P 370. Establishing Anthropometric Parameters and Strength Parameters of the Hand and Arm—Standard Values for Pediatric Neurorehabilitation
30 October 2018 (online)
Background: In pediatric neurorehabilitation, the assessment of muscular strength is an important clinical parameter for the planning of treatment and the monitoring of treatment response. The majority of age- and gender-specific standard values in childhood and adolescence are based on tests of the lower extremities of children who have not lost the ability to walk.
Aims: The aim of this study is to develop age- and gender-specific standard values for hand strength and to record anthropometric parameters of the upper distal extremity in childhood and adolescence.
Issue Under Investigation: The established standard values for voluntary grip strength and finger flexion strength in childhood complement the previously available standard values, thus facilitating comprehensive clinical diagnosis in children and adolescents with neuromuscular disorders.
Methods: In this cross-sectional study, tests were performed on 137 healthy children between the ages of 5 and 10 years (girls n = 68, boys n = 69). The age distribution of the subjects was as follows: 5 years n = 7 (4 girls, 3 boys); 6 years n = 12 (5 girls, 7 boys); 7 years n = 29 (12 girls, 17 boys); 8 years n = 40 (17 girls, 23 boys); 9 years n = 35 (22 girls, 13 boys); and 10 years n = 14 (8 girls, 6 boys). Anthropometric parameters (body height, body weight, Body mass index, hand width, hand length, forearm length, and forearm circumference, in each case on both the right and left sides) were recorded. As strength parameters, maximum voluntary grip strength in the distal phalanges (II-V2) and intermediate phalanges (II-V4) as well as maximum voluntary finger flexion strength in the distal and intermediate phalanges of the middle finger ((III2 and III4) on both the right and the left sides were measured. The measurement of the strength parameters was performed using the hand and finger dynamometer HFD 200 under isometric, biomechanically precise and standardized measurement conditions.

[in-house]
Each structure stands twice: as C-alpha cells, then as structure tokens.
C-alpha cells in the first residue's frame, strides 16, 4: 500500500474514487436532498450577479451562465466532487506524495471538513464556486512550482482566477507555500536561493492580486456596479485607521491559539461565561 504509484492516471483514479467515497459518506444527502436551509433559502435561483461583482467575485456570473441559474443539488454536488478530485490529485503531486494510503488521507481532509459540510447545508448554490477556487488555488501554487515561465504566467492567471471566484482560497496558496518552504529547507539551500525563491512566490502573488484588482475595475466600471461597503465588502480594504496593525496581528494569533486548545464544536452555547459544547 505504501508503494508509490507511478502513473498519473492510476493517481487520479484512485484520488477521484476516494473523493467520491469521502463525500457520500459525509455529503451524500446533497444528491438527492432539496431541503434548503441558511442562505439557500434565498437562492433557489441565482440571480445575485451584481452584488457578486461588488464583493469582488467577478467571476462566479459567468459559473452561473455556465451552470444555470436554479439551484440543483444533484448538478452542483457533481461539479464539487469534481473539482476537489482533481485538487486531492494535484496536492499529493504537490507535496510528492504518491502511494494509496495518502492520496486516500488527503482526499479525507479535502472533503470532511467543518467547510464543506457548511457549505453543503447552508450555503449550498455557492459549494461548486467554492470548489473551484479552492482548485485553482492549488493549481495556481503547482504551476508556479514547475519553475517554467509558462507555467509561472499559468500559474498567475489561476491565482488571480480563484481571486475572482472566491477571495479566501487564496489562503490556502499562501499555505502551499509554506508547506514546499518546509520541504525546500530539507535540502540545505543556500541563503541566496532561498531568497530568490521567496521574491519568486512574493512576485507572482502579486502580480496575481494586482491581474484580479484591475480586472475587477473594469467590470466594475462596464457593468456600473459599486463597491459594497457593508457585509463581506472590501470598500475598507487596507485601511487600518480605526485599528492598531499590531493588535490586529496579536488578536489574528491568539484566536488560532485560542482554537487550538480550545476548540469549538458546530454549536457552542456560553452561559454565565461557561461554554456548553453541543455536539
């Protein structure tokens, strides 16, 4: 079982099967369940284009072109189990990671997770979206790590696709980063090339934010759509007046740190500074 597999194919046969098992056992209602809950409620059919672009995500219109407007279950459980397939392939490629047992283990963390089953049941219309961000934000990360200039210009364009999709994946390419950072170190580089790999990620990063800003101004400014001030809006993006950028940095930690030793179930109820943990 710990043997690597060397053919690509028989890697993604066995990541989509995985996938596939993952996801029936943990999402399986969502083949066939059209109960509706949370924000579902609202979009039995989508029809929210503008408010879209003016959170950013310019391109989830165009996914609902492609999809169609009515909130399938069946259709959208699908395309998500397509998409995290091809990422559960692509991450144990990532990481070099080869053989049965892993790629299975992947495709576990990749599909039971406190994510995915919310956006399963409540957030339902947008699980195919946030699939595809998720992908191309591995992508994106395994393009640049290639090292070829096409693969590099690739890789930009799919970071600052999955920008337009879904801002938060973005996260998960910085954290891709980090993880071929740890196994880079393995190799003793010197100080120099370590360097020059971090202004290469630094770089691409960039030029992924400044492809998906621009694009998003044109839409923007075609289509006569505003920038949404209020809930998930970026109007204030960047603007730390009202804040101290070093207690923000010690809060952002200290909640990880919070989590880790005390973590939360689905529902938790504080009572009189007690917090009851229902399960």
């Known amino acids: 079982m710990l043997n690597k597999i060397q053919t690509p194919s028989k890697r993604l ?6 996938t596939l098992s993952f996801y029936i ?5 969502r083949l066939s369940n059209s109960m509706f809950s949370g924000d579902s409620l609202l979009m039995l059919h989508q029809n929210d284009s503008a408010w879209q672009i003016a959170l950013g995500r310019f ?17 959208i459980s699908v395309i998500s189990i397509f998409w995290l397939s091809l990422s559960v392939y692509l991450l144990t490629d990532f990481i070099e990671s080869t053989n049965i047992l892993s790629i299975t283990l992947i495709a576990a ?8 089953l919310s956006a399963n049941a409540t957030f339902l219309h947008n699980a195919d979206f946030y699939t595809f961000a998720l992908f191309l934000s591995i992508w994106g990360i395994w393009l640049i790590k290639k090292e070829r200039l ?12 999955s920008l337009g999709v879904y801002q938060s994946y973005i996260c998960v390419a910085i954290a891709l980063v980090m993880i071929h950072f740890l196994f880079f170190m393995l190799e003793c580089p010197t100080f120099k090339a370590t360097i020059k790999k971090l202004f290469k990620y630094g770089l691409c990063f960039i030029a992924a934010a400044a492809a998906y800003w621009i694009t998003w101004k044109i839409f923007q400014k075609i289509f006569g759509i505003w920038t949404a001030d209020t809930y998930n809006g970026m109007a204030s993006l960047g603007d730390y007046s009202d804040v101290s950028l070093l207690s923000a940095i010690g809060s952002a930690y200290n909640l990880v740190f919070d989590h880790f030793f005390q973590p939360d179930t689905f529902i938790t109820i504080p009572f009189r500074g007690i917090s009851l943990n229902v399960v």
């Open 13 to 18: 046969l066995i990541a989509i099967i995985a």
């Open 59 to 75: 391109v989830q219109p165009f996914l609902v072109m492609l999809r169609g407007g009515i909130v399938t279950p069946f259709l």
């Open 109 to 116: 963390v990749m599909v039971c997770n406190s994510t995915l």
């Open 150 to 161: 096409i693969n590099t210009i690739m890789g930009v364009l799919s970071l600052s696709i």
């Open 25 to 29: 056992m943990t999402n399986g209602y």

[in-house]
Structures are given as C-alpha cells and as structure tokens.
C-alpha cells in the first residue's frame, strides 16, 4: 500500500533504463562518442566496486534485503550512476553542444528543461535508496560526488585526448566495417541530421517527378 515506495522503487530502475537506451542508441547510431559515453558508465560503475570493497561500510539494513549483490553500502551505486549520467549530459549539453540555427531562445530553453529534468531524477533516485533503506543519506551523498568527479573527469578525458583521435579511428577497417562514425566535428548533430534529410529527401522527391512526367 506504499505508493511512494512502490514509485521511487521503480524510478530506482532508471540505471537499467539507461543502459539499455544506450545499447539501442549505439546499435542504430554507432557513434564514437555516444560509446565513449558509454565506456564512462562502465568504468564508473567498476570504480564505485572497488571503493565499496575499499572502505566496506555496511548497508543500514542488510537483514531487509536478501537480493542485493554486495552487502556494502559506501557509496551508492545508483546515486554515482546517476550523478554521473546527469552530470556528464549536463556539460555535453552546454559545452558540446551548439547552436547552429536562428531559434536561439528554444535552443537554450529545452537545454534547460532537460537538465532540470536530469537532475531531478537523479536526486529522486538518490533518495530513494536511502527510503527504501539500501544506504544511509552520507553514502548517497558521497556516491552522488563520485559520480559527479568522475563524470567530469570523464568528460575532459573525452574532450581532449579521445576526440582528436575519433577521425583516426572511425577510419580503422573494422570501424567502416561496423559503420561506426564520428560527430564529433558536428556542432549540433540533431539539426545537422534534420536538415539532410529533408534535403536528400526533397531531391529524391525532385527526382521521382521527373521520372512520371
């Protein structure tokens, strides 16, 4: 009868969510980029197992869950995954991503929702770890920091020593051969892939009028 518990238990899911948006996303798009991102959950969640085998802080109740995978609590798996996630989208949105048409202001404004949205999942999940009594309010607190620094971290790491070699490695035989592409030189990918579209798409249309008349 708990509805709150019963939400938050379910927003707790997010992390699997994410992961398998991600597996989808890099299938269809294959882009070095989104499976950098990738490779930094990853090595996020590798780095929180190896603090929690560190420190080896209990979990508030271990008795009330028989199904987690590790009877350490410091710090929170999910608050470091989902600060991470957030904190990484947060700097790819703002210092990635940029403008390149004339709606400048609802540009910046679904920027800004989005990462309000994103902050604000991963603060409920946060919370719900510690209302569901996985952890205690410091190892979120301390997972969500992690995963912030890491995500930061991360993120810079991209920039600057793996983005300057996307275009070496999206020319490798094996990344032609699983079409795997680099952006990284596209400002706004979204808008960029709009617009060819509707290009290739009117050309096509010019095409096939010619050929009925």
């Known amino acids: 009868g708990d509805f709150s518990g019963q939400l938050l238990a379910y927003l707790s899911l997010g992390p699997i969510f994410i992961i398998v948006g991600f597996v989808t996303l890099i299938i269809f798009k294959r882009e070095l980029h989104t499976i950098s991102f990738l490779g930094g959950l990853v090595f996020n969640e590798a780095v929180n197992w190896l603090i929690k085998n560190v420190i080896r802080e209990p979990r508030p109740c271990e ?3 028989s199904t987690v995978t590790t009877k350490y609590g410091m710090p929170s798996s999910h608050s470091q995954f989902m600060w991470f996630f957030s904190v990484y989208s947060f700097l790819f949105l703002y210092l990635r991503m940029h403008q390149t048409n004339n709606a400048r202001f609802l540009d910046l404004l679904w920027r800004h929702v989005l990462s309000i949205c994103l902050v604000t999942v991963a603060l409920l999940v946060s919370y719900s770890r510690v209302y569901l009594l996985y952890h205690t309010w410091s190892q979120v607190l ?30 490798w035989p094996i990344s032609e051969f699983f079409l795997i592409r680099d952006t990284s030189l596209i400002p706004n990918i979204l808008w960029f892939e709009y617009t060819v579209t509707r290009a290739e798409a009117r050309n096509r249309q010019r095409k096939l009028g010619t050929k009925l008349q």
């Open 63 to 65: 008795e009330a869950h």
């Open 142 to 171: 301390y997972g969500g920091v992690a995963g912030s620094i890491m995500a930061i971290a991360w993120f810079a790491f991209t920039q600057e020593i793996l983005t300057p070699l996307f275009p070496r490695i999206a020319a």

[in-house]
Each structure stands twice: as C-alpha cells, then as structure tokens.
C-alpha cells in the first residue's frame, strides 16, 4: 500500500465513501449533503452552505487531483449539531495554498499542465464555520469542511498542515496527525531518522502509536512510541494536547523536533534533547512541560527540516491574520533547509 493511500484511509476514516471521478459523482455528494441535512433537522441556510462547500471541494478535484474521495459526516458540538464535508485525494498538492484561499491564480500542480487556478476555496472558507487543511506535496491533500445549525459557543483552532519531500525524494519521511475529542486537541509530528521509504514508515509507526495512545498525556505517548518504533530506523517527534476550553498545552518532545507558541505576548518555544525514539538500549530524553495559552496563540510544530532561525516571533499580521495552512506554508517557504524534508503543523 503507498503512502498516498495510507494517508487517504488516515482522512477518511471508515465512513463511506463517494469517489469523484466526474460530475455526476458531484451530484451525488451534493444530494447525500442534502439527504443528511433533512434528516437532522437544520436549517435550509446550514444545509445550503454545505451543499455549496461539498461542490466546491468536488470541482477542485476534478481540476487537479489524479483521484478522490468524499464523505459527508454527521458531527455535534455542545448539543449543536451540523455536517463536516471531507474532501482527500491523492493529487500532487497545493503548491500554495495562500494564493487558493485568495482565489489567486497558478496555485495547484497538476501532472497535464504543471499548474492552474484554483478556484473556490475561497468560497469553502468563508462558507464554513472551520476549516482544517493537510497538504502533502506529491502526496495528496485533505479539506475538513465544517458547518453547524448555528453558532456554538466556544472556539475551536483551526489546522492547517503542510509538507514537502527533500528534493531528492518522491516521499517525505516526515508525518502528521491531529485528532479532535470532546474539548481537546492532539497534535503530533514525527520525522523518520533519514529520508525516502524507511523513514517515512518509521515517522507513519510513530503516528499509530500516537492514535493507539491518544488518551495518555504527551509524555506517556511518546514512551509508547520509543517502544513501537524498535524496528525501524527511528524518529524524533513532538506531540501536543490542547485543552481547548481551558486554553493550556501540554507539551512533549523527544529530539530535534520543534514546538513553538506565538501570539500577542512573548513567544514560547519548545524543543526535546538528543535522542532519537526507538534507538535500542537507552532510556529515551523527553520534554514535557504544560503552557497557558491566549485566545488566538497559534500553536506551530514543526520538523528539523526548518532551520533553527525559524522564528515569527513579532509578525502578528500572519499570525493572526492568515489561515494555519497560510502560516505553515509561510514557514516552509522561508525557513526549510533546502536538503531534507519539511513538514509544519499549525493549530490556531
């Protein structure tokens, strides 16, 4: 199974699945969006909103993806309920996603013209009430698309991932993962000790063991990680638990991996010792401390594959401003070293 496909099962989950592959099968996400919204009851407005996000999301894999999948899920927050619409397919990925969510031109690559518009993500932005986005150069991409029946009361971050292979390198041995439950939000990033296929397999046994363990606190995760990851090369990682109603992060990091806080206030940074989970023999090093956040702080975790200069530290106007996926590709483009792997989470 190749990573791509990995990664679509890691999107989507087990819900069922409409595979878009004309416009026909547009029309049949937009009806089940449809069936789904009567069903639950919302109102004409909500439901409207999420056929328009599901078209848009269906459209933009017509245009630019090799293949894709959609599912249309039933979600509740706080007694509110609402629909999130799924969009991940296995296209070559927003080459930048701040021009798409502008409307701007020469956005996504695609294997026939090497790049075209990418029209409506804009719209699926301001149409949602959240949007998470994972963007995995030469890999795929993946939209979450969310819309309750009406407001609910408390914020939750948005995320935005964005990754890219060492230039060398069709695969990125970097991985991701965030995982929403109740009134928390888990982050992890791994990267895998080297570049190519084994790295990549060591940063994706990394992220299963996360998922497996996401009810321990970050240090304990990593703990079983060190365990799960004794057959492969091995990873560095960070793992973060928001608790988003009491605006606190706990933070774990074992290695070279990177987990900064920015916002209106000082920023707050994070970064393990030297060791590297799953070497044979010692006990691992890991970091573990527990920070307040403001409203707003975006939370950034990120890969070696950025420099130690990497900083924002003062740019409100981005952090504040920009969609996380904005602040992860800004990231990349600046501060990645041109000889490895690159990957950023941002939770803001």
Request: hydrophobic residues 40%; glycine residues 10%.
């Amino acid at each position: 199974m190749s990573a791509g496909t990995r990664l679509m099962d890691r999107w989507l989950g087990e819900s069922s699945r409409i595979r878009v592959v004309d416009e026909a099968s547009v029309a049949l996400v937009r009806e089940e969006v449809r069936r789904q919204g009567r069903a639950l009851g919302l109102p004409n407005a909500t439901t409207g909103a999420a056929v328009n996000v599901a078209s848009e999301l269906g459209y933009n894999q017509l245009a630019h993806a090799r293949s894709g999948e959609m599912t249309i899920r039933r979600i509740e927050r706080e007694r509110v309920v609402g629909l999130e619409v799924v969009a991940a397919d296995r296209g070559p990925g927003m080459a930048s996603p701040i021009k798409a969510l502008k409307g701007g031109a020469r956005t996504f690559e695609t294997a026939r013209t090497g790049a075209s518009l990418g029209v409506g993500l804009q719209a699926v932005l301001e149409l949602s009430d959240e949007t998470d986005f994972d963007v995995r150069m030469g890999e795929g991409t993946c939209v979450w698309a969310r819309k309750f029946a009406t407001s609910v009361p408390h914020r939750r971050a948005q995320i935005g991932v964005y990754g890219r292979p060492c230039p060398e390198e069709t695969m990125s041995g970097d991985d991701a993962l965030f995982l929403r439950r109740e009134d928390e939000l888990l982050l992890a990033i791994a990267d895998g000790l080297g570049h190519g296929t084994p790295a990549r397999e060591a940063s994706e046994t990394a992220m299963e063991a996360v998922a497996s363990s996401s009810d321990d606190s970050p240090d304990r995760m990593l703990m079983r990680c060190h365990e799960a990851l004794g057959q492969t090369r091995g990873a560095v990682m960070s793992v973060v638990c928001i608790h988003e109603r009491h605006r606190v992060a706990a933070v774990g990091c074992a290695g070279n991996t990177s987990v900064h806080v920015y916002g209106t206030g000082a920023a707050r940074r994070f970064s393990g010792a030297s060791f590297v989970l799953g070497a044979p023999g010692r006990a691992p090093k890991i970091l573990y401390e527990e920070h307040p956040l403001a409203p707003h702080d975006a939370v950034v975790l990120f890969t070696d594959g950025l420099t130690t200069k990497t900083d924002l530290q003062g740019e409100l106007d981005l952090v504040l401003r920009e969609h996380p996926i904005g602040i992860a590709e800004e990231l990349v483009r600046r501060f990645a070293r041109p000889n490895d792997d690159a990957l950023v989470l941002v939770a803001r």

Findings: Of the 68, 64 girls tested (94%) and 62 of the 69 boys tested (90%) stated that the right hand was their hand of habitual use. In both boys and girls of all ages, the mean values of the measurements obtained for hand length, forearm circumference, and forearm length were 1 to 2 mm greater for the right side than for the left side. The mean values obtained for hand width did not show any difference in favor of the right side, irrespective of gender. The values of the strength parameters, with the exception of grip strength in the distal phalanges (II-V2), likewise did not reveal any difference in favor of the right hand.
The greatest increase in strength was found in the mean values for grip strength in the intermediate phalanges (II-V4) of the right hand among girls. The mean value for strength in the 5-year-old girls was 85.8 N, compared with 220.1 N in the 10-year-old girls. This represents an increase of 257%. Among the boys, the increase in grip strength II-V4 for the corresponding age groups amounted to 145%.
The evaluation of the data was performed separately for each gender and for each age group (5–10 years). For each gender and for each age group, the mean values and standard deviation were calculated separately both for the individual anthropometric parameters and for the strength parameters on the right and left sides.
In both genders, the mean values for all parameters increased in parallel with age.
Conclusion: The measurements obtained for the anthropometric parameters and for maximum voluntary grip and finger flexion strength enabled age- and gender-specific standard values to be established. These standard values complement the international standardized measurements for muscular strength and function and can be used in future as reference values for neuropediatric rehabilitation and for interventional treatment studies.
No conflict of interest has been declared by the author(s).